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Sprint Focuses On Cutting Costs And Growing Organically As New CEO Makes Moves
- Offers new cheap plans for family and individuals.
- The company offers the best deal for its iPhone 6 subscribers.
- Network improvements remain core focus for company.
Sprint Takes The Right Approach To Survive Tough Competition Across Its Industry
- The company has opted for competitive pricing to address competition.
- Recent deals will help strengthen its subscriber base, but will likely adversely affect top-line and ARPU growth.
- The company needs to ramp up network upgradation efforts across covered markets to enhance customer experience.
Sprint: Claure Off To A Good Start, But The Road To Recovery Is Long And Uncertain
- Incoming CEO Claure made a great impression in his first month on the job.
- Investors like the unlimited iPhone deal, in an attempt to aggressively grow the customer base.
- The smaller scale and leverage remain key disadvantages in an industry that's very competitive.
Update: Investors Too Impressed With New Sprint CEO At Communacopia Conference
- Sprint's new CEO Marcelo Claure impresses the market at investor conference.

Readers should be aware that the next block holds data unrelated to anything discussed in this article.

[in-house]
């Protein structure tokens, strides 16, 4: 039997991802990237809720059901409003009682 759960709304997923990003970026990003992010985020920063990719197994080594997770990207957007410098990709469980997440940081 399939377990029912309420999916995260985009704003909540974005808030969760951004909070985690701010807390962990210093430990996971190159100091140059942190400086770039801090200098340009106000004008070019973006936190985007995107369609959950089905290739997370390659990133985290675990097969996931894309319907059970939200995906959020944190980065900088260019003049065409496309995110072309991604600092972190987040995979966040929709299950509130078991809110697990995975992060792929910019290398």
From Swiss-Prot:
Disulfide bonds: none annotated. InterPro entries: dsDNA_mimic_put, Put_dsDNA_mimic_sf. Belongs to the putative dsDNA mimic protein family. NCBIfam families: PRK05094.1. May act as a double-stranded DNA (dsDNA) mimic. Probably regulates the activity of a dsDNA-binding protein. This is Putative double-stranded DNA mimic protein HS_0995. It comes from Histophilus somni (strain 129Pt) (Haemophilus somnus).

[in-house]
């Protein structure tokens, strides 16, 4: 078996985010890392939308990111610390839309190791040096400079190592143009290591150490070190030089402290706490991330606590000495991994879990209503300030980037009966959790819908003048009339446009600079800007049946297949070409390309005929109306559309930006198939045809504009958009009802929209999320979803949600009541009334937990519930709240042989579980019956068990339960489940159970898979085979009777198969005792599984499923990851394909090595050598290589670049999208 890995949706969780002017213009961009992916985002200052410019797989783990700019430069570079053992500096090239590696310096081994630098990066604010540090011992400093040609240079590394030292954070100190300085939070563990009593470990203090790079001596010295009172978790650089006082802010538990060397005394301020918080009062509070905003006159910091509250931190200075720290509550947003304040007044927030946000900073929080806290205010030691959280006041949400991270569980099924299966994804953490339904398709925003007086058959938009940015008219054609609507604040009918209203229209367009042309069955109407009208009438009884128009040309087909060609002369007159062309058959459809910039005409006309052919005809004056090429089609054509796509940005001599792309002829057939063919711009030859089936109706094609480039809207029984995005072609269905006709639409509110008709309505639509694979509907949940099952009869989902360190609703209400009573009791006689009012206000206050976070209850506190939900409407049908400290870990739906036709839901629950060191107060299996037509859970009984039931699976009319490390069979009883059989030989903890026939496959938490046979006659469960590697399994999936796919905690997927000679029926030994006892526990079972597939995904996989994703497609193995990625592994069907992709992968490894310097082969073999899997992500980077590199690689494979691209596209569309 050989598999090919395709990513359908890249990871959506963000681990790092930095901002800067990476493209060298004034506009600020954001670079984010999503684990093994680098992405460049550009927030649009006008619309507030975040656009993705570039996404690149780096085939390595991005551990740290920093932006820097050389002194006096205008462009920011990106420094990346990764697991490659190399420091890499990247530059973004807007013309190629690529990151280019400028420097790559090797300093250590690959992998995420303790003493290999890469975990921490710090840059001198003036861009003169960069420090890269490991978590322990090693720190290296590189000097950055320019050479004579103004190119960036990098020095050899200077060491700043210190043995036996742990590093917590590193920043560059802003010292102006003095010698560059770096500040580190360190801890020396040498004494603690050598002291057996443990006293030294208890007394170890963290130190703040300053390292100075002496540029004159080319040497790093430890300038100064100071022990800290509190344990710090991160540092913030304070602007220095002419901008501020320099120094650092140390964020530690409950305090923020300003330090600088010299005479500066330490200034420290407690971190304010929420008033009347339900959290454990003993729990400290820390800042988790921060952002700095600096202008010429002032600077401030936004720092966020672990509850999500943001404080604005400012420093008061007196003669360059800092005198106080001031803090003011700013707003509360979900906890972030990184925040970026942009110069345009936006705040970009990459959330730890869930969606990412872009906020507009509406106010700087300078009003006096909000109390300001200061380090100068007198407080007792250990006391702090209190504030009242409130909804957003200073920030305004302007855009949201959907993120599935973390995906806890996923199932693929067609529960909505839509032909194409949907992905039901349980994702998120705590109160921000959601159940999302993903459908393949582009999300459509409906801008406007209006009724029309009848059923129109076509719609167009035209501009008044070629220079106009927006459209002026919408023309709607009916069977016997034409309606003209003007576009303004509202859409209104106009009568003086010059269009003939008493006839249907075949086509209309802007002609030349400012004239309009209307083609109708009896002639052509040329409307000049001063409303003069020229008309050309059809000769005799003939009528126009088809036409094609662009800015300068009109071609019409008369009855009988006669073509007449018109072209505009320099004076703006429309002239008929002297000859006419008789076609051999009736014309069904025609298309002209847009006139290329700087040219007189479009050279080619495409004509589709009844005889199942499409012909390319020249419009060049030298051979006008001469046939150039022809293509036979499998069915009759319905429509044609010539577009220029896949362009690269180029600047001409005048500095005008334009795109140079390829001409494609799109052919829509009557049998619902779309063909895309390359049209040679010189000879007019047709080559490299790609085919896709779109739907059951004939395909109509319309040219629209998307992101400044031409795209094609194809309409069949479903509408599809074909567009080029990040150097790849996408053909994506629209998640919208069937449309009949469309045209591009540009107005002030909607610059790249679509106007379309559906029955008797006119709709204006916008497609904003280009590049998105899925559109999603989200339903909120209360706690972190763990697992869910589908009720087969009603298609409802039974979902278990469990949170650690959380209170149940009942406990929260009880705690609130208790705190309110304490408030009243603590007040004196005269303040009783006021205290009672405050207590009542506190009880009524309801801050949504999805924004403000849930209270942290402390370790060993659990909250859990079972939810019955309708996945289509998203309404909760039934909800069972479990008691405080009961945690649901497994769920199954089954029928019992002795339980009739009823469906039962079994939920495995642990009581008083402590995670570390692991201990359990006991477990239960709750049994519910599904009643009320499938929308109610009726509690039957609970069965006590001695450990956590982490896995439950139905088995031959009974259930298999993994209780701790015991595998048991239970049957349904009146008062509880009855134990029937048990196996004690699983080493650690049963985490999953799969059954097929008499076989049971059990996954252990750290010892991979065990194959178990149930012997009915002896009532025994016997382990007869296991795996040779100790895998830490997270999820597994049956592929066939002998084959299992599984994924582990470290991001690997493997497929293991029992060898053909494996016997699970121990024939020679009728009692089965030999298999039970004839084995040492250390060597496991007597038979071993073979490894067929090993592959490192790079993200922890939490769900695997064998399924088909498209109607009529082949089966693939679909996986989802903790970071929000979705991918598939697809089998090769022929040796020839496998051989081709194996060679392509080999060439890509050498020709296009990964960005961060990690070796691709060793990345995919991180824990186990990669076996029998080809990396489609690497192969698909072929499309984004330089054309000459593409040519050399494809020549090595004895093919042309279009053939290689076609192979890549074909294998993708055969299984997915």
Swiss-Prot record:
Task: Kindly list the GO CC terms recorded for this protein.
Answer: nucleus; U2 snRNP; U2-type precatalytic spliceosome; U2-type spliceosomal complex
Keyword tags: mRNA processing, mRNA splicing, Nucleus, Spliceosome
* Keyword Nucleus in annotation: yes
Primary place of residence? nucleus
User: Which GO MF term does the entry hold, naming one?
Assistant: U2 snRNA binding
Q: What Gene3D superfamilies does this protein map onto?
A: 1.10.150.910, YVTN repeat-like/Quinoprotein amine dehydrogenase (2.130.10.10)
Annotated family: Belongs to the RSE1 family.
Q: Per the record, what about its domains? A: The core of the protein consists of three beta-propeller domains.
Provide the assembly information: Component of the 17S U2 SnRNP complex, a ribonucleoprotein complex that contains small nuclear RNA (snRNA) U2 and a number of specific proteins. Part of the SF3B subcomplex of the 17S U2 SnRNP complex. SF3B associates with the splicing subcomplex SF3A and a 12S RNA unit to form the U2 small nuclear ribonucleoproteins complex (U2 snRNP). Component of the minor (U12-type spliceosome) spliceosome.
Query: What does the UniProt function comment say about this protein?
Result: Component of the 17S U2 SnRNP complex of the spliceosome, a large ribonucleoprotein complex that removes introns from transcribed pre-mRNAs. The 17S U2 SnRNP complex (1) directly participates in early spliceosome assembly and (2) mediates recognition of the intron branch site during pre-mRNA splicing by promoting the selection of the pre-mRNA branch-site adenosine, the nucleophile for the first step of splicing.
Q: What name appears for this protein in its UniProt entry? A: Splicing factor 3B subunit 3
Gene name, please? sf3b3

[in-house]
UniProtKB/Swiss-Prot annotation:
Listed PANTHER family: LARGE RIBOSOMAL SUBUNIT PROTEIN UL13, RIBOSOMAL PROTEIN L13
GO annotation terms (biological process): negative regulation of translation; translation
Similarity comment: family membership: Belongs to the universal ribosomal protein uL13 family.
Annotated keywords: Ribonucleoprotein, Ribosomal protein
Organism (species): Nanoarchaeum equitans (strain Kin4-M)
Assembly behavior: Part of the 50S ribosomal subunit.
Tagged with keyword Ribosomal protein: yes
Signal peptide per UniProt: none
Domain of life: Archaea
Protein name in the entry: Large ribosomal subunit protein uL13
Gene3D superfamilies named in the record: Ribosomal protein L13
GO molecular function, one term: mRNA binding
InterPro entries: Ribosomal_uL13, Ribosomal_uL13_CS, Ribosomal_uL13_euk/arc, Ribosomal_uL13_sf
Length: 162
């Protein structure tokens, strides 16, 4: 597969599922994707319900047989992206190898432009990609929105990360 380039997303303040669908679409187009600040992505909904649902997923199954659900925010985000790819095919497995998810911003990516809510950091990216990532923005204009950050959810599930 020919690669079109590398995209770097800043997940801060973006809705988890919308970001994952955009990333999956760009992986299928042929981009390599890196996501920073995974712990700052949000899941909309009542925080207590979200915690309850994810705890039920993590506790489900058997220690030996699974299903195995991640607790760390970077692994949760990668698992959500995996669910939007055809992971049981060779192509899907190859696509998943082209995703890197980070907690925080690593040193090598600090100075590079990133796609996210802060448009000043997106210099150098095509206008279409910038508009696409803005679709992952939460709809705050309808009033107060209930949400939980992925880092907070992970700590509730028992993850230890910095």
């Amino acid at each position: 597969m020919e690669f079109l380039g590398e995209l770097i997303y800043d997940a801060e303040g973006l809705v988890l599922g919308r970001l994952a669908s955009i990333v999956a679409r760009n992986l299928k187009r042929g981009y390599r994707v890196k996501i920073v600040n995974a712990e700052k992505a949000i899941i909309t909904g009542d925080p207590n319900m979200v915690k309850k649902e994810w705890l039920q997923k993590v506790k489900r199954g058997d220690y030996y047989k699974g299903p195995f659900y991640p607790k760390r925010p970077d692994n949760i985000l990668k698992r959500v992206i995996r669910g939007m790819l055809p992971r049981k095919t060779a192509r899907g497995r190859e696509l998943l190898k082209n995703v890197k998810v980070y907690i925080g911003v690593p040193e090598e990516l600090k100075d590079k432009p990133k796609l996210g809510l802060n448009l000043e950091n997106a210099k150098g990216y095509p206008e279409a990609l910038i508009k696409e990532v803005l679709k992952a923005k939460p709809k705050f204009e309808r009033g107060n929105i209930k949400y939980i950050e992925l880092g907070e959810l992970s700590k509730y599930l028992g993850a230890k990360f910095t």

- Investors should continue avoiding the stock and use the recent gains to exit positions.
- Recent stock gains aside, the disruptive pricing was anticipated and will eventually hit the stock when quarterly losses mount from a pricing war.
Should Subscribers Rethink Switching From Sprint To A Competitor?
- Company will change dynamics of industry despite being late entrant in price war.
- It is important for S to continue investments in network.
- Needs to utilize its largest spectrum in industry to improve its network experience.
- After long deliberation, Sprint has decided not to pursue the T-Mobile acquisition anticipating a lengthy regulatory review.
- Sprint lost about 3.5 million postpaid customers over the last 24 months. In the last six quarters, it lost 2.8 million postpaid customers.
- RootMetrics wireless network quality ranking for the first half of 2014 shows Sprint has fallen behind T-Mobile and now is in the fourth place among the national wireless carriers.
- Sprint recently announced new pricing plan for families, new pricing for other categories are expected to follow.
- Sprint is planning to offer low price plans and lower cost smartphones while featuring larger data allotments.
- The move seems to me like a Hail Mary pass, designed to help the struggling company retain subscribers and compete against larger rivals.
- I predicted that Sprint would have to do something to retain subscribers or risk being acquired by a larger company, but I thought the company would acquire smaller carriers.
- Trying to compete on cost against larger companies is a risky move. It could leave Sprint with smaller margins, less profit, and more vulnerable than ever to takeover.
- Sprint ending the pursuit of the T-Mobile merger crushed the stock.
- Management suggests disruptive pricing to hit markets next week.
- Lack of consistent profits and a high debt load question the suggested pricing plans.